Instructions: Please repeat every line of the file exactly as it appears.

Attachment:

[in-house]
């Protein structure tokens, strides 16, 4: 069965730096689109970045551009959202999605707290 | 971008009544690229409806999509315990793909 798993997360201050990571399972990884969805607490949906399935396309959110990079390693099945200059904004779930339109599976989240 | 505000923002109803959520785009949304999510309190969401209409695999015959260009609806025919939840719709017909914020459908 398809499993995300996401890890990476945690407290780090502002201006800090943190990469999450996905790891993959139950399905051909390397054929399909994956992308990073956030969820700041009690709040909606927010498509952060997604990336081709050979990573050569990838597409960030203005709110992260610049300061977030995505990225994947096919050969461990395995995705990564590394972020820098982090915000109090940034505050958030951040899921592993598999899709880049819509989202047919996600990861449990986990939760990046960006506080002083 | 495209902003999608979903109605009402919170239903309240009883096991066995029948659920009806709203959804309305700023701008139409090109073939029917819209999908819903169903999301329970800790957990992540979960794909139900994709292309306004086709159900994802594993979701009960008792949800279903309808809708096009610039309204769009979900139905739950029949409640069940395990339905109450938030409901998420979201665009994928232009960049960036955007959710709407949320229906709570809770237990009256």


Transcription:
[in-house]
């Protein structure tokens, strides 16, 4: 069965730096689109970045551009959202999605707290 | 971008009544690229409806999509315990793909 798993997360201050990571399972990884969805607490949906399935396309959110990079390693099945200059904004779930339109599976989240 | 505000923002109803959520785009949304999510309190969401209409695999015959260009609806025919939840719709017909914020459908 398809499993995300996401890890990476945690407290780090502002201006800090943190990469999450996905790891993959139950399905051909390397054929399909994956992308990073956030969820700041009690709040909606927010498509952060997604990336081709050979990573050569990838597409960030203005709110992260610049300061977030995505990225994947096919050969461990395995995705990564590394972020820098982090915000109090940034505050958030951040899921592993598999899709880049819509989202047919996600990861449990986990939760990046960006506080002083 | 495209902003999608979903109605009402919170239903309240009883096991066995029948659920009806709203959804309305700023701008139409090109073939029917819209999908819903169903999301329970800790957990992540979960794909139900994709292309306004086709159900994802594993979701009960008792949800279903309808809708096009610039309204769009979900139905739950029949409640069940395990339905109450938030409901998420979201665009994928232009960049960036955007959710709407949320229906709570809770237990009256």